During World War II the toll idea resurfaced, this time involving highways. Led by Gov. Roy J. Turner, after the war the Senate and House collaborated to establish the Oklahoma Turnpike Authority (OTA), a legislative measure that Turner signed into law April 1947. The first members of the commission were the governor (Turner), J. Wiley Richardson of Oklahoma City, Joe R. Jarboe of Tulsa, Paul Wilson of Stroud, and R. P. Matthews of Sapulpa. The commission was authorized to issue bonds, to construct, operate and maintain the highway, and to return it to the Highway Commission when its cost was recouped. After opponents questioned the legality of road financing through a bond issue, a legal suit proceeded through the state courts and eventually to the U.S. Supreme Court, which refused to consider the appeal. Subsequently, ground was broken on December 20, 1950, near Sapulpa by Governor Turner, and construction began. The eighty-eight-mile-long Turner Turnpike, generally paralleling U.S. 66 between the two cities, opened in spring 1953. (Route 66 remained a free road and became the stuff of legend.) Thousands of people used the Turner Turnpike, and revenues mounted. Thus encouraged, state officials wanted more self-supporting roads.

During the 1950s and 1960s the turnpike system significantly expanded. OTA successively financed and opened the eighty-eight-mile-long Will Rogers Turnpike between Tulsa and Miami and northeast to Missouri in 1957, the H. E. Bailey Turnpike, ninety-four miles from Oklahoma City through Lawton to the Red River in 1964, the Indian Nations Turnpike, 105 miles from U.S. 70 at Hugo northward to Henryetta (on Interstate 40) in 1966, the Muskogee Turnpike, fifty-three miles south from Tulsa to Webbers Falls (on Interstate 40) in 1969, and the Cimarron Turnpike, sixty-eight miles from Tulsa west to Interstate 35 in 1975. After a sixteen-year hiatus four new toll roads opened in the 1990s, including in 1991 the Chickasaw Turnpike, a seventeen-mile stretch between Ada and Sulphur, the Cherokee Turnpike, thirty-three miles between Locust Grove and West Siloam Springs, and the John Kilpatrick Turnpike across northern Oklahoma City, connecting the Turner Turnpike with Interstate 40 by 2001, and in 1992 the Creek Turnpike, thirty-four miles between the Turner and the Will Rogers, passing through eastern Tulsa. Thus by the year 2001 the Oklahoma Turnpike Authority operated ten toll roads comprising 612 miles, 5 percent of the state system. Out-of-state motorists paid approximately 40 percent of the tolls collected on Oklahoma's turnpikes.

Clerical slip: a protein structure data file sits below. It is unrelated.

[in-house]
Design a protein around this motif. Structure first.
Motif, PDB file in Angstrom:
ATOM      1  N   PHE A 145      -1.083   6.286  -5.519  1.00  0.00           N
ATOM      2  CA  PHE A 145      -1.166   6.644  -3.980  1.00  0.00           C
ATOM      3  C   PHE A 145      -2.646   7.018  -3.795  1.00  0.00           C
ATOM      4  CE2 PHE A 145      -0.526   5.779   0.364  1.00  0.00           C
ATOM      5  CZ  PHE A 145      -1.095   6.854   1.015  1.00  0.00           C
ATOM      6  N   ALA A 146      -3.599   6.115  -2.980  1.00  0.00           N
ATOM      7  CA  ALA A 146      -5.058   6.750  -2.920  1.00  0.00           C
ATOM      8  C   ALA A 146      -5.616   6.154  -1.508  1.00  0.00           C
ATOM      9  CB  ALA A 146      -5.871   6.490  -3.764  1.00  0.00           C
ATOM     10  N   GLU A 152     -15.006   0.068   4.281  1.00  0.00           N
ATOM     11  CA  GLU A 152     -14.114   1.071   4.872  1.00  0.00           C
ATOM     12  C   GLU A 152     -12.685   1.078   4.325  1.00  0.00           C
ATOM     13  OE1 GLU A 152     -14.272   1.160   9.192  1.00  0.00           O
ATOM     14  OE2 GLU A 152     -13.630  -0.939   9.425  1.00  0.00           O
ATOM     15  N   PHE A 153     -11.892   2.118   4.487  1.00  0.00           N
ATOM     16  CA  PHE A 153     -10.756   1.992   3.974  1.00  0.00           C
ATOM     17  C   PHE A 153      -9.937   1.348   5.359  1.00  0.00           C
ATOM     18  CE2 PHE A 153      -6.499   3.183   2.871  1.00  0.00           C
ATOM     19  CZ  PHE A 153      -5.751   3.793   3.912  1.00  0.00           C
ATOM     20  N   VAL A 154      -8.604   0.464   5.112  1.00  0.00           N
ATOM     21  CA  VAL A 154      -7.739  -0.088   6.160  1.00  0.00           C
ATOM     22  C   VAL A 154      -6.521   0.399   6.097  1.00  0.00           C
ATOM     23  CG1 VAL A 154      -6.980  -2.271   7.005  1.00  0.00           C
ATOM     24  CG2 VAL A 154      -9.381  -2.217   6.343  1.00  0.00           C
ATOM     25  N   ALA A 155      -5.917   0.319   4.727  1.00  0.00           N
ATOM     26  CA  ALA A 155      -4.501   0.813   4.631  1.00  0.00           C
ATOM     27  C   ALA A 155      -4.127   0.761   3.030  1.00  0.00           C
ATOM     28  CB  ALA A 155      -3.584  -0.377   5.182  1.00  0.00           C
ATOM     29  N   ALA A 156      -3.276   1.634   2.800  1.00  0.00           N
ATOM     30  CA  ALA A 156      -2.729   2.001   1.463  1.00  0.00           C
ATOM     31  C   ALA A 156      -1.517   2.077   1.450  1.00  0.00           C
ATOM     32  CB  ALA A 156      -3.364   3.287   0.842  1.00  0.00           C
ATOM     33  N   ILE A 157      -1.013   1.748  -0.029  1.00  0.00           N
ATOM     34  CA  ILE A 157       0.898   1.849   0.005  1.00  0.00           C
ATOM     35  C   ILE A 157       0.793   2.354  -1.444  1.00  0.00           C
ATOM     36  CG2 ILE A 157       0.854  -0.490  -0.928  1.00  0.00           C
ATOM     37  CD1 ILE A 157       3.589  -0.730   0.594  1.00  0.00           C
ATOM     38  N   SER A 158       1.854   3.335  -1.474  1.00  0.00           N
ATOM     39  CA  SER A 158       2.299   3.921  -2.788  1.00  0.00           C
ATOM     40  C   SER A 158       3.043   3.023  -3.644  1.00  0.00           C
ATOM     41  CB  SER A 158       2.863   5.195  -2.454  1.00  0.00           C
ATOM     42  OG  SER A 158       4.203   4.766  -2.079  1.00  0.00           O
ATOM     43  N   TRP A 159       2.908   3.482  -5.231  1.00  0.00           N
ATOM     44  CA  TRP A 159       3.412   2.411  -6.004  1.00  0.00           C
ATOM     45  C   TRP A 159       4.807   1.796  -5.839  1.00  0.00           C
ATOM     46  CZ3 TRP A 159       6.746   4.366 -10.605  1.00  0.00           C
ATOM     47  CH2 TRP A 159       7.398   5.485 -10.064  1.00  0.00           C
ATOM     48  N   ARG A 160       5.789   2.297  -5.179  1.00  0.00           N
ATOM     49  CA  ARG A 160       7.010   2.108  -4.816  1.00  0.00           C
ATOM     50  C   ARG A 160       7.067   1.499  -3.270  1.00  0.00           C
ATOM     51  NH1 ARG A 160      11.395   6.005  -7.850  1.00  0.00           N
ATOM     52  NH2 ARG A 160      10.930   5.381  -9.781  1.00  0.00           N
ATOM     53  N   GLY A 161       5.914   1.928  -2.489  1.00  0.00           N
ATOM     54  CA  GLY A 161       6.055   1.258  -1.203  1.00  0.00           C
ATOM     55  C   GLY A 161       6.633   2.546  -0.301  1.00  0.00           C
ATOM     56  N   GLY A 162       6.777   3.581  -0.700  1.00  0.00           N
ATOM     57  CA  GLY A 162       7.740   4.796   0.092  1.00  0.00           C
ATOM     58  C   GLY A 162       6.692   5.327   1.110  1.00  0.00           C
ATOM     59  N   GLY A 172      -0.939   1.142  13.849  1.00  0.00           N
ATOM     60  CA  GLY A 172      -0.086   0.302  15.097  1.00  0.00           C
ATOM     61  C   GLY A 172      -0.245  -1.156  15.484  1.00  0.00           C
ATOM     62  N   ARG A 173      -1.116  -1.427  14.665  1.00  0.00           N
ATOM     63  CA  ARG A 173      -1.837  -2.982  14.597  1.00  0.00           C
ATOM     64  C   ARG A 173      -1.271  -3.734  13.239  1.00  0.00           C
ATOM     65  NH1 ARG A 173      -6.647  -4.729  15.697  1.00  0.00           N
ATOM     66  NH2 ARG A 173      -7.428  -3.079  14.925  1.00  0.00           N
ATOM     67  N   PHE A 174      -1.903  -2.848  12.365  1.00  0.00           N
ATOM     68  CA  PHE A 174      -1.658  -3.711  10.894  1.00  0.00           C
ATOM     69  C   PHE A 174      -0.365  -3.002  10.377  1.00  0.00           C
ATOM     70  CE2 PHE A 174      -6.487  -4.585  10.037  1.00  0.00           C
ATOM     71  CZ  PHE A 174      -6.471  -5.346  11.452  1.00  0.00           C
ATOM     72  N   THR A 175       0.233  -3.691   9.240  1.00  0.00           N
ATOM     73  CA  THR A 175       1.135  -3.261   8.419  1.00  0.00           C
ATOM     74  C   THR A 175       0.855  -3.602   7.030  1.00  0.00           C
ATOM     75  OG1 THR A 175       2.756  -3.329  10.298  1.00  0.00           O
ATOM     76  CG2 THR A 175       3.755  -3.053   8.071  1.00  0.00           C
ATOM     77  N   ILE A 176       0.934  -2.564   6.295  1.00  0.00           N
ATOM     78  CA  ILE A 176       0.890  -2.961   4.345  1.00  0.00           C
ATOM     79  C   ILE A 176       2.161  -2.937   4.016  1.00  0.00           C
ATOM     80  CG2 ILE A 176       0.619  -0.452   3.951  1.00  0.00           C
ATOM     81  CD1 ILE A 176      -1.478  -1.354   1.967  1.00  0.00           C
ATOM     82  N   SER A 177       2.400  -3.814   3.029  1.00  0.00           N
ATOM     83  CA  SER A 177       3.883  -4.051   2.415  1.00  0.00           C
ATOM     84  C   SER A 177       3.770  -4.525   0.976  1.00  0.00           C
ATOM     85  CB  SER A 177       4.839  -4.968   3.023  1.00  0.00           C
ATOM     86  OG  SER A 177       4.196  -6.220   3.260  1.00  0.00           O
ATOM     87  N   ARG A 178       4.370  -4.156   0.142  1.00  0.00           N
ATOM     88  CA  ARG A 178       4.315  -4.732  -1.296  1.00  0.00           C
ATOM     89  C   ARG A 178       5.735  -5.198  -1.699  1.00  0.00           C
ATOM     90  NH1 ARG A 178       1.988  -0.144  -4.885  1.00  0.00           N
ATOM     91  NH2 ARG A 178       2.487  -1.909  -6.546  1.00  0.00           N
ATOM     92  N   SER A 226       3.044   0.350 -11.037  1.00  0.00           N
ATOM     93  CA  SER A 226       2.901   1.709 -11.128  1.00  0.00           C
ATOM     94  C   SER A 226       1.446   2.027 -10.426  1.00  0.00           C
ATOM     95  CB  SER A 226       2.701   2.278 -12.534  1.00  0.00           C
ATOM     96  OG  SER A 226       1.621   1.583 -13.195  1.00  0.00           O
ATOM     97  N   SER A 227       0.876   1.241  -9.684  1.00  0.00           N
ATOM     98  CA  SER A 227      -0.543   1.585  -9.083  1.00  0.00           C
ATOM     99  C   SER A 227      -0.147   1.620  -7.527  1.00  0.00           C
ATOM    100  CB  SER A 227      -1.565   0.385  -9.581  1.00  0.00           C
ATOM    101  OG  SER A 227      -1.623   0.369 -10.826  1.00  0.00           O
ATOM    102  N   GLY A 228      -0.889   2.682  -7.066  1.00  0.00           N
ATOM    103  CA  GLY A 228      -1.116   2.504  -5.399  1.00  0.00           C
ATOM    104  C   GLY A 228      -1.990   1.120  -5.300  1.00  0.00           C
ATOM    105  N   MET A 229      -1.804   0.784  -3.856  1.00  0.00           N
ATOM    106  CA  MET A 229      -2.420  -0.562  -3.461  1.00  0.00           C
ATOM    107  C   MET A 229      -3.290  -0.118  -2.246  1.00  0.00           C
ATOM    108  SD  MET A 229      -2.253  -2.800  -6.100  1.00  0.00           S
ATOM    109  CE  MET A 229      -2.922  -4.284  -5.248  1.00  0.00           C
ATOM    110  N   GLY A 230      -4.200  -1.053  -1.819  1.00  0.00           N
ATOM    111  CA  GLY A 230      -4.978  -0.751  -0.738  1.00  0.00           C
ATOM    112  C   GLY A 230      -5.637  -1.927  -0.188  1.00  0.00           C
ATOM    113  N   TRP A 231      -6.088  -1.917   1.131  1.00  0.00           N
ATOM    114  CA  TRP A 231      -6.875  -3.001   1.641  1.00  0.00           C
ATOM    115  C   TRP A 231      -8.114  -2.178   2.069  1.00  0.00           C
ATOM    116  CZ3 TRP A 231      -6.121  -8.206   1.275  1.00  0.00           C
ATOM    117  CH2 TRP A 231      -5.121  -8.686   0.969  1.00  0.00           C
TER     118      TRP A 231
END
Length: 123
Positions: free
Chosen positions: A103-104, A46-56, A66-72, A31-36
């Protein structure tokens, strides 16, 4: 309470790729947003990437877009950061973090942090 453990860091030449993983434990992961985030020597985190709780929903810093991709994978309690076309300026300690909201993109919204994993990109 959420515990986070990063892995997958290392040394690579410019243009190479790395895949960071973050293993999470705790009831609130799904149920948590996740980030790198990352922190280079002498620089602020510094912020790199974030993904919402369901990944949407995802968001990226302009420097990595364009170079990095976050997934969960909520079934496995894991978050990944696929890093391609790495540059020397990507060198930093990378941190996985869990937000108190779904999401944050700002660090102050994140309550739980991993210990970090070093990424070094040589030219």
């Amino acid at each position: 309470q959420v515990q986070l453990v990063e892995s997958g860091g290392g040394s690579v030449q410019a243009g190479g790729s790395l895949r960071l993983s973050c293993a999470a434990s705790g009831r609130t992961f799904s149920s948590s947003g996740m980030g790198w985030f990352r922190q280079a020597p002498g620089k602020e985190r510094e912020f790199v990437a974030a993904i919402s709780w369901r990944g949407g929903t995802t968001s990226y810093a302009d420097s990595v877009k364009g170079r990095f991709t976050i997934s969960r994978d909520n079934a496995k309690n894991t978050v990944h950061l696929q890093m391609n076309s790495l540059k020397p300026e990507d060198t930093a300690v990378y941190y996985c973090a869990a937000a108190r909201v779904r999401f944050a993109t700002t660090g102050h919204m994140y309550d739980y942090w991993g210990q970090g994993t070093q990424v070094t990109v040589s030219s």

Dianna Everett


William P. Corbett, "Oklahoma Highways: Indian Trails to Urban Expressways" (Ph.D. diss., Oklahoma State University, 1982).

Bernice N. Crockett, "Across the Muddy Red," The Chronicles of Oklahoma 61 (Winter 1983–84).

"Highways," Vertical File, Research Division, Oklahoma Historical Society, Oklahoma City.

Joseph E. King, Spans of Time: Oklahoma Historic Highway Bridges (Lubbock, Tex.: Center for Historic Preservation and Technology, 1993).

Report of the State Highway Commission of Oklahoma for the Years 1925 to 1926 Inclusive (Oklahoma City: Oklahoma State Highway Commission, 1927).

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The following (as per The Chicago Manual of Style, 17th edition) is the preferred citation for articles:
Dianna Everett, “Turnpikes and Toll Bridges,” The Encyclopedia of Oklahoma History and Culture, https://www.okhistory.org/publications/enc/entry?entry=TU022.